Romney, 64, forged a successful career in business before he won the governor's seat in Massachusetts in 2002. While he is known for a sometimes stiff public persona and aggressive business drive, associates said he is more easygoing offstage.
"He's certainly not willing to make a great off-color joke, but he'll good-naturedly slam you a little bit," said Kirk Jowers, director of the University of Utah's Hinckley Institute of Politics and Federal Relations, who has known Romney for years. "He is a great guy to share a root beer with."
The Olympic collision came in 1999, when Utah leaders were frantically looking for someone to right the Salt Lake City Olympics in the wake of an international bribery scandal. Robert Garff, who chaired the Salt Lake Organizing Committee and conducted the search with then-Gov. Michael Leavitt, said he immediately pursued Romney.
"He knew how to turn businesses around," Garff said.
But the Huntsman family believed Jon Huntsman Jr. -- at the time vice chairman of Huntsman Corp. -- was a natural choice.
According to another person familiar with the selection process, Leavitt was approached by a Huntsman ally who said the 39-year-old was interested in the position, if he could be selected outright.
That was not at the younger Huntsman's explicit urging -- he never sought the post and was later upset that he was portrayed as a candidate, according to an associate familiar with his thinking. In the end, Huntsman was not seriously considered for the job, according to multiple sources.
"Mitt Romney was the man to pick," said Garff, who emphasized that he admired and respected both men. "It would be unfair to say Mitt Romney was picked over Jon Huntsman. He was still a young man and just beginning to build his vitae. That wouldn't have been a horse race at the time."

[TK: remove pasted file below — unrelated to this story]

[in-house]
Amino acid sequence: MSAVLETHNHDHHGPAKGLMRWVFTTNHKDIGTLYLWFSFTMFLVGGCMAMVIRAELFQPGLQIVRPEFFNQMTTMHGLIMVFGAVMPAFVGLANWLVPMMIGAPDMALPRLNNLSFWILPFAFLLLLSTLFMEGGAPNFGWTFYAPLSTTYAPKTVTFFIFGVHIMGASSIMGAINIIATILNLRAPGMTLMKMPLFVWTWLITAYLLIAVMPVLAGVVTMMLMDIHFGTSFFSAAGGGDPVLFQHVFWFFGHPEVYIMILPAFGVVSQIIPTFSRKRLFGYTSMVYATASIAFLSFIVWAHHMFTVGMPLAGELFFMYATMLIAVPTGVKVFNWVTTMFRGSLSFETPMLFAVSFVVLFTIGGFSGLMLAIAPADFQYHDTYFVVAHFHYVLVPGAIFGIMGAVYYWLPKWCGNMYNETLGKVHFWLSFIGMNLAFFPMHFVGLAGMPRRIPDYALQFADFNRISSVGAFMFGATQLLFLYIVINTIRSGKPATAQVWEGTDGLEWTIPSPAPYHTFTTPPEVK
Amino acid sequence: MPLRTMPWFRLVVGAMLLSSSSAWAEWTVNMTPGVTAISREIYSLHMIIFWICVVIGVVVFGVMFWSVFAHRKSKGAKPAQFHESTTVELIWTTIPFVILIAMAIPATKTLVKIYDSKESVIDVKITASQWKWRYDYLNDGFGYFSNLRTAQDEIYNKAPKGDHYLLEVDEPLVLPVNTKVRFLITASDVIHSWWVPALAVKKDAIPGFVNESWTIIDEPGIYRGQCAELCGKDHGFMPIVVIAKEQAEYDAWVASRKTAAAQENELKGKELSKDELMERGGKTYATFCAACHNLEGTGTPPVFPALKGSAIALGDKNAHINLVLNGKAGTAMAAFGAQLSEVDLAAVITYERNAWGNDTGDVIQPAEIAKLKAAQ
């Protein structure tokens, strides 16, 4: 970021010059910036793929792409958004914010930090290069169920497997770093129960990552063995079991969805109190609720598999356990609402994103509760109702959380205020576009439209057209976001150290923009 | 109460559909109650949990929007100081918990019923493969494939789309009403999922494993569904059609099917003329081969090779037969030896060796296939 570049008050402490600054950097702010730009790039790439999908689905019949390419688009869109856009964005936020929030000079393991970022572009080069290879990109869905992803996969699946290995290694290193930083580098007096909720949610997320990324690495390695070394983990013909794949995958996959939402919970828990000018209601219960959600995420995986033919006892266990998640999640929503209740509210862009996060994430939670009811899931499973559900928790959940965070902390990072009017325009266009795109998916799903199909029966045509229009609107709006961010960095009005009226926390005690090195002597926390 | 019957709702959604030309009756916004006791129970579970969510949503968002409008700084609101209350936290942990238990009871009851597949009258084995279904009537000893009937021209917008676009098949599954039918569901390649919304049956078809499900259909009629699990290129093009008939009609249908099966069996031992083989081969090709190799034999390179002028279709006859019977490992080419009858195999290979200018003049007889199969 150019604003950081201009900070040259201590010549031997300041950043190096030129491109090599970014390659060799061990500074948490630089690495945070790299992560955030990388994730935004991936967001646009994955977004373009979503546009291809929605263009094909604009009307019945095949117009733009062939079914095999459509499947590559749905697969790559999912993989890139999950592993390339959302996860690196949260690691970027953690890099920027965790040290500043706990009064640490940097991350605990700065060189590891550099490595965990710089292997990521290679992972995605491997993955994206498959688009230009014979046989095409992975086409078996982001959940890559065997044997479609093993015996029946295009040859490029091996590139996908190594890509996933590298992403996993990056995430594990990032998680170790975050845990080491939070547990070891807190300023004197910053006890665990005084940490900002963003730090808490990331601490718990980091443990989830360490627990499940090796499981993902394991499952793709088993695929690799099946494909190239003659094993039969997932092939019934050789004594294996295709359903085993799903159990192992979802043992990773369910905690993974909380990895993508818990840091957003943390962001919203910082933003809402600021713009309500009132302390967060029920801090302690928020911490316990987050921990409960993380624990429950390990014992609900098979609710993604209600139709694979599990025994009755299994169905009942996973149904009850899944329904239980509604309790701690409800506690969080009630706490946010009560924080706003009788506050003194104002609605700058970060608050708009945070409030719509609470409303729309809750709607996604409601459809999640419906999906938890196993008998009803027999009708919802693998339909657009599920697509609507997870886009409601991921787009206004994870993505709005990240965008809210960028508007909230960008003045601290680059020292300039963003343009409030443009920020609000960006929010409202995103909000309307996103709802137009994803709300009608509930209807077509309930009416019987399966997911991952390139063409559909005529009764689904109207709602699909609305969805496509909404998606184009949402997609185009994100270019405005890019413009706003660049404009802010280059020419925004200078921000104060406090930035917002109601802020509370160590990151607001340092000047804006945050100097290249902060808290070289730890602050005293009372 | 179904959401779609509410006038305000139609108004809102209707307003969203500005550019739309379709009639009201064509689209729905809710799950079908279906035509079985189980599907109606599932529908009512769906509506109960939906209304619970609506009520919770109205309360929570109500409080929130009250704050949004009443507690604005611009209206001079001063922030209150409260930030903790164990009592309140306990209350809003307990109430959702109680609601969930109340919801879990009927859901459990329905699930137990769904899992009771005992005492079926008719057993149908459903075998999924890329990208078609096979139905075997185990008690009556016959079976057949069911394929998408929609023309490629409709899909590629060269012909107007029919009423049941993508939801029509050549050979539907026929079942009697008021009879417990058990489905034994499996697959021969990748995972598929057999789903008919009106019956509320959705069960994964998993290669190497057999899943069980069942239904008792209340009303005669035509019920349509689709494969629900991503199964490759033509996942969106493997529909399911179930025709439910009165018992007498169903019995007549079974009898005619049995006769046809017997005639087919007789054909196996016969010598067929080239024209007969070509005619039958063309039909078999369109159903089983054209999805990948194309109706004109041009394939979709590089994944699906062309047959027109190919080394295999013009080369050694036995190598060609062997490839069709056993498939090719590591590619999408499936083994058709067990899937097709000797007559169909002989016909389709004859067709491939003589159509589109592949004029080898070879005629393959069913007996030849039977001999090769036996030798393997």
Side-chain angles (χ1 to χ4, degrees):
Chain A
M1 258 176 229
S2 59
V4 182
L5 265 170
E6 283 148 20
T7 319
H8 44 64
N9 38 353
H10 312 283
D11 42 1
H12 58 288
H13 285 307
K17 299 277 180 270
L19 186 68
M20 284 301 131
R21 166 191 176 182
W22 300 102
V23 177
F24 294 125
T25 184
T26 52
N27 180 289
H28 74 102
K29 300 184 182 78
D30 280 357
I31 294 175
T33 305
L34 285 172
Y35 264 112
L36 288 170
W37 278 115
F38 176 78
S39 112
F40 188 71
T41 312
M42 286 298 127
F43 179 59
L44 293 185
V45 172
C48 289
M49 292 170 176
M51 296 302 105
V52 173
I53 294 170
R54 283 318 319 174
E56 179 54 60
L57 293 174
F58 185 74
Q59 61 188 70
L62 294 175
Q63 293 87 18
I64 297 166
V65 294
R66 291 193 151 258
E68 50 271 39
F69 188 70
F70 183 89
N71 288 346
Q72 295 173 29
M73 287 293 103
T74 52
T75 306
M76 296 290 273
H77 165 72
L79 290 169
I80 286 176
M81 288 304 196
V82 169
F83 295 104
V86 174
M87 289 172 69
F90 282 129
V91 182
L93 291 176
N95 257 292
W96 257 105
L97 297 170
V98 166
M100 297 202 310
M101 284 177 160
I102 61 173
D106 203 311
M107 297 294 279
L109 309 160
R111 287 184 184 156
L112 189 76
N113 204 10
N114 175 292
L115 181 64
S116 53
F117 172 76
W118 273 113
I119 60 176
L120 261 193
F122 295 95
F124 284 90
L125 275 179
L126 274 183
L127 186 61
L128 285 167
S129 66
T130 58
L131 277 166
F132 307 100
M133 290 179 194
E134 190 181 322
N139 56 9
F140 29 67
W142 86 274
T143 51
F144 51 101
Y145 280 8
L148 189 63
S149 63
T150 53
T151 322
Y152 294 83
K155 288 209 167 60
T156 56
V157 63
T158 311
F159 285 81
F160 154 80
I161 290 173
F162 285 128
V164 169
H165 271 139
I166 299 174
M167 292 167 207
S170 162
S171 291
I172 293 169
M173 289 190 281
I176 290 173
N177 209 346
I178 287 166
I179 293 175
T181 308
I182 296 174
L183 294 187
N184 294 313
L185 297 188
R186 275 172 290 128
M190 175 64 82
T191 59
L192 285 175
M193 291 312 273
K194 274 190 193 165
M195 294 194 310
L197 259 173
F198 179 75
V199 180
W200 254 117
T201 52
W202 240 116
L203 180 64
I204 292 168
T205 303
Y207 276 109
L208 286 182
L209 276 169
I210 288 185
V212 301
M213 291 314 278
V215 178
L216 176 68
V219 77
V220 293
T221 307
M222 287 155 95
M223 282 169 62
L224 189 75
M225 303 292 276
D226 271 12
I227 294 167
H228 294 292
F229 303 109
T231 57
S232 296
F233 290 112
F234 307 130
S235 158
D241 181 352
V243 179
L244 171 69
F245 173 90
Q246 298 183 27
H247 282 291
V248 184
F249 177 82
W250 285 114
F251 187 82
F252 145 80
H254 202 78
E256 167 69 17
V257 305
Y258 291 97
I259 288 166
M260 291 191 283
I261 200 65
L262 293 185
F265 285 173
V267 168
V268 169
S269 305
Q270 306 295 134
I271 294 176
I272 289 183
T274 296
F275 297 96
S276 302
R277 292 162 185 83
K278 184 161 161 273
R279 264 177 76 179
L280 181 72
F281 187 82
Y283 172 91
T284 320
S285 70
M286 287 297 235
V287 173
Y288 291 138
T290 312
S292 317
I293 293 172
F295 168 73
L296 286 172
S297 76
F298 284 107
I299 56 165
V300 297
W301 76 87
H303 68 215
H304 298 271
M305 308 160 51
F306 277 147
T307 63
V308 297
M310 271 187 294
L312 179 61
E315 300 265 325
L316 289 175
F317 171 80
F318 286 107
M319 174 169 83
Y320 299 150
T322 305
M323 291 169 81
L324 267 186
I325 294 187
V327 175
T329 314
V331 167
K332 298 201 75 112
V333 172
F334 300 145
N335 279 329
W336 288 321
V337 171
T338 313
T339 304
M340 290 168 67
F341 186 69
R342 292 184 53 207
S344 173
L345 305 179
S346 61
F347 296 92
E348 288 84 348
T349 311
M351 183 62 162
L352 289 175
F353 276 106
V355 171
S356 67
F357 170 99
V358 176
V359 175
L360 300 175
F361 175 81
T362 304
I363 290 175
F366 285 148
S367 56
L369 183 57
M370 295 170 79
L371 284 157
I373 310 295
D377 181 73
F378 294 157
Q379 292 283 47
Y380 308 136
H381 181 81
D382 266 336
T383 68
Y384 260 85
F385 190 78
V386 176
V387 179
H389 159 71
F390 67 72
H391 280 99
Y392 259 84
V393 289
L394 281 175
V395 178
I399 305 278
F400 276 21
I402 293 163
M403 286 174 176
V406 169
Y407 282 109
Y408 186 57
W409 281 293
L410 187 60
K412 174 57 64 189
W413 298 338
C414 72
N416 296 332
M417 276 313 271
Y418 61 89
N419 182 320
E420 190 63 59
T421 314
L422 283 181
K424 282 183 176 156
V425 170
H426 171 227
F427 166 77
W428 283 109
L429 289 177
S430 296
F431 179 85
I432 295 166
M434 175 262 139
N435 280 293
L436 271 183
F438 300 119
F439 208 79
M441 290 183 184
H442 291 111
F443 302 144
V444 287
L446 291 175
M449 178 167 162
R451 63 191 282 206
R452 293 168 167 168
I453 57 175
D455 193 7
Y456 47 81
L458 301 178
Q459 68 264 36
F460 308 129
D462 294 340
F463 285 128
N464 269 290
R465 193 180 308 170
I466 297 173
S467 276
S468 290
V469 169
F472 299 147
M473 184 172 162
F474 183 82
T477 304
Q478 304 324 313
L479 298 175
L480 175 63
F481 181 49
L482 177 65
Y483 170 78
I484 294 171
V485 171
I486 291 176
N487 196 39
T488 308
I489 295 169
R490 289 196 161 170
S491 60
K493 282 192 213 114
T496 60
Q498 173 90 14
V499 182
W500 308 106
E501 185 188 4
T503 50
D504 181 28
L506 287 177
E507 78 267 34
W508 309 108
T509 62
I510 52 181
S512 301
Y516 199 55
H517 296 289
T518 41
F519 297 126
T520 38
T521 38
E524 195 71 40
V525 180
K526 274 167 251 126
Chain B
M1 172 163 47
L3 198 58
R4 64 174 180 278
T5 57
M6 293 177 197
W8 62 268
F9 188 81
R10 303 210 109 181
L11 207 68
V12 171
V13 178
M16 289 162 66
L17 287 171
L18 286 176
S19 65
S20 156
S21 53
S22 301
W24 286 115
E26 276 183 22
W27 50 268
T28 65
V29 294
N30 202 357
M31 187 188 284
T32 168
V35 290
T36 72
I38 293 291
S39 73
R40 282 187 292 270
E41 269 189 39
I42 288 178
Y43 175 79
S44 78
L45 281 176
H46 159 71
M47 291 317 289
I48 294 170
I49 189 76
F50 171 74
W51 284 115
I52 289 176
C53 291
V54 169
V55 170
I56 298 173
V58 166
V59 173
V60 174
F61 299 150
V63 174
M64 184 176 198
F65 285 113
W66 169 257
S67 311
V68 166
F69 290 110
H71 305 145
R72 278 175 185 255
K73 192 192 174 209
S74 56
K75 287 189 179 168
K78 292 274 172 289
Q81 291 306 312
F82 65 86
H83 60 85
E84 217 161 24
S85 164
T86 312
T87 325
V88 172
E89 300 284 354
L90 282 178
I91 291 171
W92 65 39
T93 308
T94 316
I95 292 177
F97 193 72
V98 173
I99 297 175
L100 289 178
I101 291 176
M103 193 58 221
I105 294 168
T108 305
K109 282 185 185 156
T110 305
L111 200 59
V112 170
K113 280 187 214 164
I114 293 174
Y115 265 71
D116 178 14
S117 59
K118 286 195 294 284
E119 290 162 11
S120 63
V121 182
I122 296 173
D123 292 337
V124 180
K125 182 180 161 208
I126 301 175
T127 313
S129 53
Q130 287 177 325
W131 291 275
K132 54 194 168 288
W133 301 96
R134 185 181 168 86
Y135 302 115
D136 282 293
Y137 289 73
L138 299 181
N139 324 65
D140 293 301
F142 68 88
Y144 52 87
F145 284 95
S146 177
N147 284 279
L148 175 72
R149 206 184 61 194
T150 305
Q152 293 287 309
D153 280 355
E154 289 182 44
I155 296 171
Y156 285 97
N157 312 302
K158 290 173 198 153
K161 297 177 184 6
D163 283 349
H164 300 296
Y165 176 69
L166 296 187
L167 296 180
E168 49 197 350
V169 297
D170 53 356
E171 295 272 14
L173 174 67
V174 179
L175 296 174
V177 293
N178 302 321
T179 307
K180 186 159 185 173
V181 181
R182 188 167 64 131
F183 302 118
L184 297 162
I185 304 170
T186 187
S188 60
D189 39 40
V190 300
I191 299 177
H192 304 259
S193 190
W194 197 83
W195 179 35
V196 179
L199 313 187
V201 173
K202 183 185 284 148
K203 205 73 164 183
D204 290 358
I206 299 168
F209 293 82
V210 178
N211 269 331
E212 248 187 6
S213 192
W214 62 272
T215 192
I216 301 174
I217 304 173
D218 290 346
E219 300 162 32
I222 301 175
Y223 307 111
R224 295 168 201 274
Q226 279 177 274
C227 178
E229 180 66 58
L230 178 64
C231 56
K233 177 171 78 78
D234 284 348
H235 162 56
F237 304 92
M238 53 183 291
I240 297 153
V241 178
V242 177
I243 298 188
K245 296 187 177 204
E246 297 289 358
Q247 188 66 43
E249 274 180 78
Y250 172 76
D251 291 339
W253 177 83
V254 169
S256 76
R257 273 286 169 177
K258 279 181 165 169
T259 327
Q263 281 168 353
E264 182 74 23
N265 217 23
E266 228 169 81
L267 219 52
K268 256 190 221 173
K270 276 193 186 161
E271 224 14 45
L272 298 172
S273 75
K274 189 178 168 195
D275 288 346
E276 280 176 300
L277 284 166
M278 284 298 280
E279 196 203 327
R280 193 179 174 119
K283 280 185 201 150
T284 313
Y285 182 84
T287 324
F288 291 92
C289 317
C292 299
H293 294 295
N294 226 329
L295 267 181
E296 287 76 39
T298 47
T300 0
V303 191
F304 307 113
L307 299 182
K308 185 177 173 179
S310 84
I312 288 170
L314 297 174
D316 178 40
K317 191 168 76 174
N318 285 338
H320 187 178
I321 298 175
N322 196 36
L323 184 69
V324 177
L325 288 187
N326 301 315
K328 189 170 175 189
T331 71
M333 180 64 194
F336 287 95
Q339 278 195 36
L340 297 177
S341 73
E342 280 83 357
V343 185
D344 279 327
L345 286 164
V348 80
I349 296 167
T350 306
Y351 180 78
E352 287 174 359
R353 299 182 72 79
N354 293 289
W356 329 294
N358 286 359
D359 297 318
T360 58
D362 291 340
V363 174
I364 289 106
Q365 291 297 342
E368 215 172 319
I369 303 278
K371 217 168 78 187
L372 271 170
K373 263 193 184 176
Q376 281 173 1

But the Huntsman family bridled at the decision. After the vote, Huntsman Jr. turned down a spot on a newly formed Olympic management committee because, he said, he didn't support the process in which Romney was hired. "A search was never fully carried out," he told the Deseret News.
His father criticized the Olympic leadership, calling Romney "very, very slick and fast-talking." He criticized Romney's efforts to raise $100 million from prominent Utahans, saying that would rob financial support from local charities.
Garff hurriedly brokered a series of meetings with Leavitt, Romney and Huntsman Sr. Afterward, the chemical company executive held a news conference saying his concerns had been alleviated. He ultimately donated $1 million to the Games.
When Romney geared up for his first presidential run in 2007, Huntsman Sr. signed on as one of his early national finance chairs. Initially, it appeared his son -- then governor of Utah -- would also back Romney.
In May 2005, Huntsman Jr. told the Deseret News that he was informally advising Romney on foreign policy. "I'll do whatever I can" for him, the governor told the newspaper.
But in July 2006, Huntsman Jr. announced he was backing McCain. Although he admired Romney, Huntsman said, he and McCain shared similar views on immigration and the war in Iraq.
"Being politically monochromatic as a state isn't always in our long-term interests," he said.
Romney learned about Huntsman's switch from newspaper reports. The two have had little contact since. But that may change if Huntsman follows him into the 2012 presidential race, a decision expected within weeks.
"It puts some of us in a more awkward position than others," said Chaffetz, noting both have been helpful to him. "Right now, personally, I'm going to keep my powder dry."